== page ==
|Review by Jan Hanford:|
The liner notes say this is the first recording of these works on the clavichord. The clavichord differs from the harpsichord in several ways. Rather than plucking the strings, as a harpsichord does, it strikes them and, unlike the harpsichord, is capable of vibrato and dynamic variation.
Richard Troeger has given us a treasure. As well as the fact that the clavichord is rarely recorded, this is a delightful and exciting performance of The Partitas. His technique is stunning, it simply took my breath away. His performance is filled with vibrant tempos and flawless articulation. He is a master of this instrument; the sound is surprisingly full-bodied, contradicting my expectation that the clavichord can sound too frail and delicate. The liner notes say "The goal of this recording was to reproduce the effect made by the instrument in the room, as it would (be) heard by a nearby listener." He has achieved his goal and I appreciate the choice. I've heard clavichord recordings where it sounds like they put the microphone literally inside the instrument, thereby picking up extraneous mechanical noise and the musician's breathing, etc. That is not the case here, the sound is excellent.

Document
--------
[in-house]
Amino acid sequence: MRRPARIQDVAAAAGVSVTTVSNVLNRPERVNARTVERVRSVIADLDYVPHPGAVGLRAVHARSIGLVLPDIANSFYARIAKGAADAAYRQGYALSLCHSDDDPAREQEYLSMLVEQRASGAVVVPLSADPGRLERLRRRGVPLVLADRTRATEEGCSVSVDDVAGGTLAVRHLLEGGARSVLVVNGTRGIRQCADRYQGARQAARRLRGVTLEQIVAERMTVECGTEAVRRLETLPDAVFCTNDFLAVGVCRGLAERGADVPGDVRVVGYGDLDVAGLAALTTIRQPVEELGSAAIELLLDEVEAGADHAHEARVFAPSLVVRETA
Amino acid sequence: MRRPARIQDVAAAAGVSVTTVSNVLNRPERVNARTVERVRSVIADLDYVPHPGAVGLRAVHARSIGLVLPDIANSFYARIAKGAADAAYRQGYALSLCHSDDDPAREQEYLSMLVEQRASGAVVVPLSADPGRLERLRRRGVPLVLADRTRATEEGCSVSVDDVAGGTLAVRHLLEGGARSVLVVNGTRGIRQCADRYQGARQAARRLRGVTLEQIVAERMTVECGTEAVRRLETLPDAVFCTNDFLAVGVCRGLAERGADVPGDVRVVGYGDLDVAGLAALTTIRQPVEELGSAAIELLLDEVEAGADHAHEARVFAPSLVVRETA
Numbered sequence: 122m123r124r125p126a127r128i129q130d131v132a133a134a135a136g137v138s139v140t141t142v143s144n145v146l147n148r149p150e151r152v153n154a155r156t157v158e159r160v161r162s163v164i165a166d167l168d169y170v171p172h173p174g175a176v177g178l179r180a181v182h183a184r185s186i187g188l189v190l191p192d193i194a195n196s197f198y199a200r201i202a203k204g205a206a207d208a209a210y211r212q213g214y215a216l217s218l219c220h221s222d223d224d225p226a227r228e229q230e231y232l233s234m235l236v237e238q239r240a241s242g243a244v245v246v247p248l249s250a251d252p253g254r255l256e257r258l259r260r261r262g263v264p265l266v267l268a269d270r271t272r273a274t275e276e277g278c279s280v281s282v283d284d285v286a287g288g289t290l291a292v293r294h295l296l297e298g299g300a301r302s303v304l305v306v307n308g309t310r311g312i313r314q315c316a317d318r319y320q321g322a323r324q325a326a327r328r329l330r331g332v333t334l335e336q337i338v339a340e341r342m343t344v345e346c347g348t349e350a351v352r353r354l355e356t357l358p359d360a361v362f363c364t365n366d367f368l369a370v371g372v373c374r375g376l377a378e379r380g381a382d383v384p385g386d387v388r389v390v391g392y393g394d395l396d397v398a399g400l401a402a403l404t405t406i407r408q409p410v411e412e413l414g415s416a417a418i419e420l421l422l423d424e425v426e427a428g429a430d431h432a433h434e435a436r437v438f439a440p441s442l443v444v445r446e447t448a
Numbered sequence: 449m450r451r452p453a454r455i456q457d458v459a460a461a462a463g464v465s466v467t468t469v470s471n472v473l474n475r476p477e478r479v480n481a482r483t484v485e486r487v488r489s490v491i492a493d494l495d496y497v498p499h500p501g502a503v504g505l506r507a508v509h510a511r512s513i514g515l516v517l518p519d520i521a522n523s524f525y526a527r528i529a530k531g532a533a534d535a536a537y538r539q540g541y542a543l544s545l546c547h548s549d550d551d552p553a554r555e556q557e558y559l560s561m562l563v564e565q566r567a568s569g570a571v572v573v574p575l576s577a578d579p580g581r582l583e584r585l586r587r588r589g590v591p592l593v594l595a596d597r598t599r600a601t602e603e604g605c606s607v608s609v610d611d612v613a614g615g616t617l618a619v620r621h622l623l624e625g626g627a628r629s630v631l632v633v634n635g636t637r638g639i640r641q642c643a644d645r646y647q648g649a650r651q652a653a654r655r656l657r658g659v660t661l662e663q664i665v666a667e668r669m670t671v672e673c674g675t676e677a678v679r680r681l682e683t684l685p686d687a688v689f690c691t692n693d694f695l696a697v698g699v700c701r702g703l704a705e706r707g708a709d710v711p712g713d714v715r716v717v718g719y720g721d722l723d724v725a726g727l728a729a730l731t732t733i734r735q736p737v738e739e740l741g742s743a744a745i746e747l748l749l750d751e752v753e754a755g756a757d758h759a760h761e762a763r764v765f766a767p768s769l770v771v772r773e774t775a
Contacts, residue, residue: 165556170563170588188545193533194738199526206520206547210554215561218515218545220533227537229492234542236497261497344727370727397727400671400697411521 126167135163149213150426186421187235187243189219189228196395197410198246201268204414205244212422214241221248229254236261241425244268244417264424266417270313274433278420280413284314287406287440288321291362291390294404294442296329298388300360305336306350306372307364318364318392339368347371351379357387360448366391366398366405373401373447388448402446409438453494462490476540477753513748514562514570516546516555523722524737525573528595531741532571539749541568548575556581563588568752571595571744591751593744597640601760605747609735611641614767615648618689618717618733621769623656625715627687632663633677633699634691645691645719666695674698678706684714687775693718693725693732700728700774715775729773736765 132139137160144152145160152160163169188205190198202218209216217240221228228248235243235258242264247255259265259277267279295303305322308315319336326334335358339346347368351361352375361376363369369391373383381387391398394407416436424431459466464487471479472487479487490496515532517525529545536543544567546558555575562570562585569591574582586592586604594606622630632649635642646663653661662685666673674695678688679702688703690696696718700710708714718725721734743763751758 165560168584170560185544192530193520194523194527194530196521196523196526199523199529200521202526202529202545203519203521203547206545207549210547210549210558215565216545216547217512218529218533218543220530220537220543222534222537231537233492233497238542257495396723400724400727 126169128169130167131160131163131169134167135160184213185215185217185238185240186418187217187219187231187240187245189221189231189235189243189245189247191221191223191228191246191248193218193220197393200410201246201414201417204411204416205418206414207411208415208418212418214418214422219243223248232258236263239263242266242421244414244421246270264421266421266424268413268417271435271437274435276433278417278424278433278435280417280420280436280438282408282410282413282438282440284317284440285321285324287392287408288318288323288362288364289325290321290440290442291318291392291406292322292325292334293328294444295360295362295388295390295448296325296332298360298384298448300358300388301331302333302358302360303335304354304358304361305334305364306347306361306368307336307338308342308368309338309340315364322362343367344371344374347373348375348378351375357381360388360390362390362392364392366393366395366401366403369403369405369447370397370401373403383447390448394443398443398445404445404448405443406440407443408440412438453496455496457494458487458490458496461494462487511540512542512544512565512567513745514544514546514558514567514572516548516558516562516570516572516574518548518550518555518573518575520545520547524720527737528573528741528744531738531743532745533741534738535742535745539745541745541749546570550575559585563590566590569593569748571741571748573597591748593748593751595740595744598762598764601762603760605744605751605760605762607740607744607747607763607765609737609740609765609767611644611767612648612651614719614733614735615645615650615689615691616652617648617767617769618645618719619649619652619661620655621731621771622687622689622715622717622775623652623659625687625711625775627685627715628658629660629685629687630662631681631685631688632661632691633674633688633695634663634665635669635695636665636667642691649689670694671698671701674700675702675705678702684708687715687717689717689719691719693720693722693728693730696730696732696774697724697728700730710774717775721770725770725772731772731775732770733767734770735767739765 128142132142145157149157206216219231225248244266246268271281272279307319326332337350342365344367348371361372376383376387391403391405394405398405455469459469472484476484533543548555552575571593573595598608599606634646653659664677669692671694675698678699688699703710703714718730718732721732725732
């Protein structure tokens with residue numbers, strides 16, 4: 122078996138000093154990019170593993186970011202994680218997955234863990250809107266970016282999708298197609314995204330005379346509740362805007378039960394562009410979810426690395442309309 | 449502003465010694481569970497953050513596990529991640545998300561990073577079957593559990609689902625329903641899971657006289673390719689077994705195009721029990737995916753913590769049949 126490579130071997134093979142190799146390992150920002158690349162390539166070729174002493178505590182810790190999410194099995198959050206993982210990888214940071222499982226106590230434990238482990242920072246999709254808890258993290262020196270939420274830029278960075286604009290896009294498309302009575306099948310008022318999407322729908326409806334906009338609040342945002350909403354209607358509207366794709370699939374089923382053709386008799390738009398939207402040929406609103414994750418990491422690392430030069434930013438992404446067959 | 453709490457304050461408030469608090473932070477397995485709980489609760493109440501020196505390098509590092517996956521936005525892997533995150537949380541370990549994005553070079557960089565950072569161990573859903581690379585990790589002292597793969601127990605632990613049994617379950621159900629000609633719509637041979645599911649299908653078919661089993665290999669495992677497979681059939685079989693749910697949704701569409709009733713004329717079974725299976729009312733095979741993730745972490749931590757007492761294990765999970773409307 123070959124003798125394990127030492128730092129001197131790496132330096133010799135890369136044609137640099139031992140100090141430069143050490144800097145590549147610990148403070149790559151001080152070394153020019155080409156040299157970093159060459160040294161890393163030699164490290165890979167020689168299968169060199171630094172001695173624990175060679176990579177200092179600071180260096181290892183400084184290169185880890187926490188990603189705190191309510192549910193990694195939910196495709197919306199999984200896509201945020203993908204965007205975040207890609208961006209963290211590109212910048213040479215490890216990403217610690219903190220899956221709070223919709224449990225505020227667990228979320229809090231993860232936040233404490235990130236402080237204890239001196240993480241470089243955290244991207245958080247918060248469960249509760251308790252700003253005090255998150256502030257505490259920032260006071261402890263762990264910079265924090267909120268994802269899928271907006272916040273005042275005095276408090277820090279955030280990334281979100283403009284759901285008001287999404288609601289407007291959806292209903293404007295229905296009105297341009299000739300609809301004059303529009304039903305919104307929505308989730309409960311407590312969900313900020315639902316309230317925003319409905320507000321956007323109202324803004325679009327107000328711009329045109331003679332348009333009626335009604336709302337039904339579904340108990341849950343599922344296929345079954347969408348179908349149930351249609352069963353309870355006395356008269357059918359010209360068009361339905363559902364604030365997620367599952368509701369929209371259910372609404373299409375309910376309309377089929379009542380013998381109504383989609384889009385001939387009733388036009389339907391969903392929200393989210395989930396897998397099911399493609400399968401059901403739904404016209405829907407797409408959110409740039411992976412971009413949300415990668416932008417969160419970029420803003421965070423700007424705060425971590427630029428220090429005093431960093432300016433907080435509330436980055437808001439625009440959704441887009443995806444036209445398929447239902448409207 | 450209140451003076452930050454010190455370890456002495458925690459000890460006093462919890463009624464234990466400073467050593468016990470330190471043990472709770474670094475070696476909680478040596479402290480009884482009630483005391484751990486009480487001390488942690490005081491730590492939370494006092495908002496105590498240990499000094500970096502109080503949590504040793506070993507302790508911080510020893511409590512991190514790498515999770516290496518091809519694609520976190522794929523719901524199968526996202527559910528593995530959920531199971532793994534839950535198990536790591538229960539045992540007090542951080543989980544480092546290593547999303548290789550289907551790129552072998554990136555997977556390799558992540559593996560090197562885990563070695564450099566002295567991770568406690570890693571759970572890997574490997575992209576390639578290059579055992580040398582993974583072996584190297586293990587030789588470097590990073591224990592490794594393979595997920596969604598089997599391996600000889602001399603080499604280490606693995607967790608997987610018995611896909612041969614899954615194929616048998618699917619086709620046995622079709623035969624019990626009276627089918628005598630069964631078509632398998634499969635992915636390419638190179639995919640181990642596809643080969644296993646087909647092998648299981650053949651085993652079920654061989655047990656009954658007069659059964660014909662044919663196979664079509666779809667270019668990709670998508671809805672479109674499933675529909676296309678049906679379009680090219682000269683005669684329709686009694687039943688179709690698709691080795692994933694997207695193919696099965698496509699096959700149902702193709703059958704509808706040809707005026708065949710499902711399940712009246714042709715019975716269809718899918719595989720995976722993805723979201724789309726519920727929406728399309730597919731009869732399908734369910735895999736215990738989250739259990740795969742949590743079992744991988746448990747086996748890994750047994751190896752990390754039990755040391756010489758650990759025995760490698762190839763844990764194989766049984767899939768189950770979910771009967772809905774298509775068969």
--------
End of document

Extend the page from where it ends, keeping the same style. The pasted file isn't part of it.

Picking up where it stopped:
His excellent liner notes provide interesting information about the mysterious clavichord and include photographs. This is the first in a series called BACH ON CLAVICHORD, which will include all of the major clavichord-apt collections of J.S. Bach's clavier music. Vol. 2 will include the 7 Toccatas in their clavichord debut. This is an exciting series and I will be looking forward to each release.